Rebecca Krinke's (Landscape Architecture) "Table for Contemplation and Action" is designed for student stress reduction and located in the interior public courtyard of Rapson Hall. The table employs changing elements of nature and provides students with the opportunity to write about stress and to deposit these writings into the table itself. The six foot square wooden table has a central copper box containing a single unusual element from the outdoors -- to date, these have included pine needles, tree bark, leaves, and moss. A large hand-blown glass vessel -- designed by Michael Boyd and Peter Zelle of Zelle Glass Studio -- attached to the table is the repository for the student writings. W.L. Hall Workshop Manager Keven Groenke and Assistant Manager Justin Kindelspire fabricated the table for Krinke.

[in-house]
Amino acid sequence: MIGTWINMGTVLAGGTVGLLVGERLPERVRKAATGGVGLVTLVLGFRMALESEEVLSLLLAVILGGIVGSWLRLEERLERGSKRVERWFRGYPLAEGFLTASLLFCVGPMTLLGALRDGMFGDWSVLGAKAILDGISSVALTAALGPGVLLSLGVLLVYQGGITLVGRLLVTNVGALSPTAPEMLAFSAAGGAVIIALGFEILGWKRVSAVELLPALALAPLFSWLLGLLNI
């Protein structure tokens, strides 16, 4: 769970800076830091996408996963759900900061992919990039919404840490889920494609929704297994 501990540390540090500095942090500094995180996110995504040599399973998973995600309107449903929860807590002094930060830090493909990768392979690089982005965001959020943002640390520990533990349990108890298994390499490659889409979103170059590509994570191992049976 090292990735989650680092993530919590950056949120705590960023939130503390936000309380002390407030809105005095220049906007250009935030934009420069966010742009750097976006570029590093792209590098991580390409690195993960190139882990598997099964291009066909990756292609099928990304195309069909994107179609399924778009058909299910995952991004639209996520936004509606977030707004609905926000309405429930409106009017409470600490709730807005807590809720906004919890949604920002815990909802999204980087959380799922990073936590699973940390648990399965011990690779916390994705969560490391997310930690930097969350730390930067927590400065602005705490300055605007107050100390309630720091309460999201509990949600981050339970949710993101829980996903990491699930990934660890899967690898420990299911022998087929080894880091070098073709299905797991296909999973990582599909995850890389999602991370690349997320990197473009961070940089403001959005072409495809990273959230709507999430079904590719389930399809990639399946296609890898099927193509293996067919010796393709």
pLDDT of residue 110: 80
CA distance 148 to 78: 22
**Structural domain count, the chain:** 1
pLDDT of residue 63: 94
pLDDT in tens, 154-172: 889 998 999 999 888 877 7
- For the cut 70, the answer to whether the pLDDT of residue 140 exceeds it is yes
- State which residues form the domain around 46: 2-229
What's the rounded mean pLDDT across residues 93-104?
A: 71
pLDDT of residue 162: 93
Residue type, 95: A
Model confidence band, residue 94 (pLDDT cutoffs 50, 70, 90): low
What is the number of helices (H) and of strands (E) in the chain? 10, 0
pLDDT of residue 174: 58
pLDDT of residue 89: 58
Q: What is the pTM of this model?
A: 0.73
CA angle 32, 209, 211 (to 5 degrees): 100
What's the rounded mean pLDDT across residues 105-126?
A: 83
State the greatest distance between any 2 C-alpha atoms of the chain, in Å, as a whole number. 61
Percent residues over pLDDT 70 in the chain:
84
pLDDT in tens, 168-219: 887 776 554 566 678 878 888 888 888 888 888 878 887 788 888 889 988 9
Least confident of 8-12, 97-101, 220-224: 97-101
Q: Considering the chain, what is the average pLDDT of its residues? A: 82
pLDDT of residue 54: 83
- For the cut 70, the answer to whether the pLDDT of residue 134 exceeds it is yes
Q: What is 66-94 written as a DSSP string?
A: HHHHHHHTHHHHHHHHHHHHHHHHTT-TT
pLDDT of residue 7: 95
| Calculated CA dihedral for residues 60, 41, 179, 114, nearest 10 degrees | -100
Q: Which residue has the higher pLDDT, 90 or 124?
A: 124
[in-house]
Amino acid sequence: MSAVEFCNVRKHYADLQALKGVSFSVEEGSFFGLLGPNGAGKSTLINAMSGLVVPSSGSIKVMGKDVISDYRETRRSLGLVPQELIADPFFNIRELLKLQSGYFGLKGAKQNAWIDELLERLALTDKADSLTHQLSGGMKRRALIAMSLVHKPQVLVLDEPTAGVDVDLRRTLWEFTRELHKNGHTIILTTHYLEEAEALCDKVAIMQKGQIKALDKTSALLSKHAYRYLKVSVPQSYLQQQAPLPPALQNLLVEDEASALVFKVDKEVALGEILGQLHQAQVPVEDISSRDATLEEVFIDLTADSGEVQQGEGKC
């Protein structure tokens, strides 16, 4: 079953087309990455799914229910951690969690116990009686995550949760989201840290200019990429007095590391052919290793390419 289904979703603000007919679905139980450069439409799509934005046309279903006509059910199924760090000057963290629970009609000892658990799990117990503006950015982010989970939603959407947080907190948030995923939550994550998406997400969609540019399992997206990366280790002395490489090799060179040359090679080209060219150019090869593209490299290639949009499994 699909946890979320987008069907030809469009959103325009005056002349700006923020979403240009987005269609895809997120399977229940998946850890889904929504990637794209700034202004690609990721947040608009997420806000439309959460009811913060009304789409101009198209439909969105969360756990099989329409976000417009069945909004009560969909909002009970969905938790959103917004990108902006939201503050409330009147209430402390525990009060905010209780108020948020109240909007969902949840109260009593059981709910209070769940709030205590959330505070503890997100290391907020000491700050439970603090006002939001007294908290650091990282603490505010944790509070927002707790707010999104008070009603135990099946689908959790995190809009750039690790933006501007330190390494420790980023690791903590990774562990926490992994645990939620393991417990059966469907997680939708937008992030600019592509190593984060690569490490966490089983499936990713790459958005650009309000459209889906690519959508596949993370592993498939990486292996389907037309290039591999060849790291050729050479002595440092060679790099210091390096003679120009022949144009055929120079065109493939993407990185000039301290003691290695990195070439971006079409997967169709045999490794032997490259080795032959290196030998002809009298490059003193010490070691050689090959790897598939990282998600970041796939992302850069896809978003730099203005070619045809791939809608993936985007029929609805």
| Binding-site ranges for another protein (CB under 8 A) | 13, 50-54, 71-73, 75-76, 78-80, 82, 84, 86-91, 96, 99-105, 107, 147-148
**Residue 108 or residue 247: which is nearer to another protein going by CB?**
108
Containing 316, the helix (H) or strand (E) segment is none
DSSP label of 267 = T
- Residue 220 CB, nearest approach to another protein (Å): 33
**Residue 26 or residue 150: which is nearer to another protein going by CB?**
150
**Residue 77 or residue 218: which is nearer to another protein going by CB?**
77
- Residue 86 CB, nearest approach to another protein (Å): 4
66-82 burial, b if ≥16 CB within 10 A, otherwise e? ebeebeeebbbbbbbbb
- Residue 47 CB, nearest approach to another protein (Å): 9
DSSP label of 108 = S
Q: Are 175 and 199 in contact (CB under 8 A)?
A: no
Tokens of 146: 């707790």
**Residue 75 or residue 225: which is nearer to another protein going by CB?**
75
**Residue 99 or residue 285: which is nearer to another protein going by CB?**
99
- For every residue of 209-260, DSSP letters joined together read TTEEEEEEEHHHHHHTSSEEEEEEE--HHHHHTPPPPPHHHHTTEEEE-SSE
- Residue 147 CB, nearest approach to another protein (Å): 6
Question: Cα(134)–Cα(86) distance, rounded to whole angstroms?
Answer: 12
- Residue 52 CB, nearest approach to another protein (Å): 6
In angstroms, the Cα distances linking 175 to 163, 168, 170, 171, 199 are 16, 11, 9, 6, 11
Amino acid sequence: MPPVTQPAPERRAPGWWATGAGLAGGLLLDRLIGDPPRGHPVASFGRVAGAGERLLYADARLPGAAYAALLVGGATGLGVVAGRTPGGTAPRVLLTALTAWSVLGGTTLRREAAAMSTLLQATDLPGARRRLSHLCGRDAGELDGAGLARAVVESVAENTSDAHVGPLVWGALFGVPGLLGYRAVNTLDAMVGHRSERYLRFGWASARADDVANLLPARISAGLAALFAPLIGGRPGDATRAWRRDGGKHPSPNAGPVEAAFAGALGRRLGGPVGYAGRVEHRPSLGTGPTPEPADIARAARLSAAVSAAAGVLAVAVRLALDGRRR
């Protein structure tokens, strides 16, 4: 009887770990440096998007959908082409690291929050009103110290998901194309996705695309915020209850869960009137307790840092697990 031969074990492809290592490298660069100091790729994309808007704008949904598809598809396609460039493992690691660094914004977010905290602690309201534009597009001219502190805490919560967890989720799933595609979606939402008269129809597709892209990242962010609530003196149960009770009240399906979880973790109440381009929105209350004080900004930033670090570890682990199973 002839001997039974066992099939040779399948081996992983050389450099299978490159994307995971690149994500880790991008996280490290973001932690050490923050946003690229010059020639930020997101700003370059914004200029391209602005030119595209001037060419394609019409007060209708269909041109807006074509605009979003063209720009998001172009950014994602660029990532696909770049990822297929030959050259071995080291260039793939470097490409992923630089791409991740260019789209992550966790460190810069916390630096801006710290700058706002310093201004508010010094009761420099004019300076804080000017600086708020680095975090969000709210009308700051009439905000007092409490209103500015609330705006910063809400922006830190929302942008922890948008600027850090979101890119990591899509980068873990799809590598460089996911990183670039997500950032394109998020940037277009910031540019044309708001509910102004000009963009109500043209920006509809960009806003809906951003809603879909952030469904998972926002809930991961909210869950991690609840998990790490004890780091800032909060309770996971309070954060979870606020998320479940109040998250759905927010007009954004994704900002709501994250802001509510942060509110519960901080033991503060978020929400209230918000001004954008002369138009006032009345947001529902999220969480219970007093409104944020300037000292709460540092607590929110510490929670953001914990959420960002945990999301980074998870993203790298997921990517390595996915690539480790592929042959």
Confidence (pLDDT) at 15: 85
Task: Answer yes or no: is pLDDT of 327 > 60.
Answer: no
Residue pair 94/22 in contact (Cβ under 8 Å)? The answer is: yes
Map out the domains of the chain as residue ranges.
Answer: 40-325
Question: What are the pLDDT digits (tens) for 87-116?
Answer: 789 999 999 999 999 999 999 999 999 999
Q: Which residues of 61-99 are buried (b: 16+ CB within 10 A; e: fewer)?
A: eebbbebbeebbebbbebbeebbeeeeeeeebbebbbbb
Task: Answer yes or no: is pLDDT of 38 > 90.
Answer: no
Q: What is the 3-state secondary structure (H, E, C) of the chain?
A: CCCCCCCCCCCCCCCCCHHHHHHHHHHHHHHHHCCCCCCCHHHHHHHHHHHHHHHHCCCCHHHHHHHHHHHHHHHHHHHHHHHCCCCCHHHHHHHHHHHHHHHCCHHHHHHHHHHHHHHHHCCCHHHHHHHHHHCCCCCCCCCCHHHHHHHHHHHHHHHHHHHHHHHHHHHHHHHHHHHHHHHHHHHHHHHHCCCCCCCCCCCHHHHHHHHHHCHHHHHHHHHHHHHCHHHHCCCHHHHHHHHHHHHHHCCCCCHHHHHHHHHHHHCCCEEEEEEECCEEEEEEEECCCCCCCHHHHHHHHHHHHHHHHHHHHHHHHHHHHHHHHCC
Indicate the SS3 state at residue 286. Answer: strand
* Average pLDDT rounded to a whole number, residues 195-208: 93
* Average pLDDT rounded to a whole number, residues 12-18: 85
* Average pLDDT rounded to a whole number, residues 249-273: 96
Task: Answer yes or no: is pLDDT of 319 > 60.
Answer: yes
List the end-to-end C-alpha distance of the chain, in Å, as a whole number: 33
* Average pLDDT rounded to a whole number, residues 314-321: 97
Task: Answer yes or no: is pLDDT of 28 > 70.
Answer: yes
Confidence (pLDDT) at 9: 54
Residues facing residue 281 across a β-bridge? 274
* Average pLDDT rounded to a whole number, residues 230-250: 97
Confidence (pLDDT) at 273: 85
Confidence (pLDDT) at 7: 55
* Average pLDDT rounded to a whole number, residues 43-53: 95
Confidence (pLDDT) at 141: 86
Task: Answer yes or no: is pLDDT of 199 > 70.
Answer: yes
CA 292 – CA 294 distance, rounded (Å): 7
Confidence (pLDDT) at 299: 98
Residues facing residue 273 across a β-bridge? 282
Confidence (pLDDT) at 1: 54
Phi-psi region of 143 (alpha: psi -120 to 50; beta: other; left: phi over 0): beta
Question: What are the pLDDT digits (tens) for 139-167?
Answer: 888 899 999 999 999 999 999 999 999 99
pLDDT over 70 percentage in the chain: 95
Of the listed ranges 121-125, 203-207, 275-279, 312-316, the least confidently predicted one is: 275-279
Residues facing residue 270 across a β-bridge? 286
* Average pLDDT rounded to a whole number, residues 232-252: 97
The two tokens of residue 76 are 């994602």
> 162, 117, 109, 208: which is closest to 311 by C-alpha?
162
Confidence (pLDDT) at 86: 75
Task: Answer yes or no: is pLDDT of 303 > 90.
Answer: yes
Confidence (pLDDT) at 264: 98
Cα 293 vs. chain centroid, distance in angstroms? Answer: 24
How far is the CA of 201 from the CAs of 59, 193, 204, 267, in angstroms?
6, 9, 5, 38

"The project uses research that talks about how contact with nature has beneficial impact on human health," Krinke tells Adam Spencer writing for the Pioneer Press. The research to which Krinke refers is a study by the University of Michigan that found hospital patients who had a view of nature from their rooms had shorter stays and needed fewer painkillers.
The students use expressive writing techniques to reduce stress. "When you're stressed, it's helpful to just write about it," Krinke tells Spencer. "It will diminish the emotional charge of it." Spencer reports that when the glass vessel containing the students' writings is full, Krinke will "burn the writings without reading them, part of a social contract with the table's users."
A photograph by Warren Bruland (Imaging Lab) was used in Spencer's article.
Ed. note December 23, 2009: Rebecca Krinke sends a correction noting her project drew from research by Roger S. Ulrich of Texas A&M and from Rachel Kaplan and Stephen Kaplan of the University of Michigan.